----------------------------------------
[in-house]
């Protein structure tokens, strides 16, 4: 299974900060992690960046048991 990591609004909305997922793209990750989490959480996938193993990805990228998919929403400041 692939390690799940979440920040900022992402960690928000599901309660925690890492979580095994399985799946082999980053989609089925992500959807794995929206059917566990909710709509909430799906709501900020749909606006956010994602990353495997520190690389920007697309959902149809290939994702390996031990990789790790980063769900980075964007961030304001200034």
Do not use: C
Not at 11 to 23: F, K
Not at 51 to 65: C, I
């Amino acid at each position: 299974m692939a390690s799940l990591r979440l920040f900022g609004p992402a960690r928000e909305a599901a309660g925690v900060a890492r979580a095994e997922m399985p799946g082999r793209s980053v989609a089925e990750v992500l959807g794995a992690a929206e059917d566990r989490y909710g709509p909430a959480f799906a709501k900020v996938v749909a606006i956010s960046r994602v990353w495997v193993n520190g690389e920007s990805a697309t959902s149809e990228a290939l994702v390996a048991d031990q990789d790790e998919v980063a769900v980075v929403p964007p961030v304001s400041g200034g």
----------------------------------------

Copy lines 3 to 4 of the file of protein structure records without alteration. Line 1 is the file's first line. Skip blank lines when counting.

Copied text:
Do not use: C
Not at 11 to 23: F, K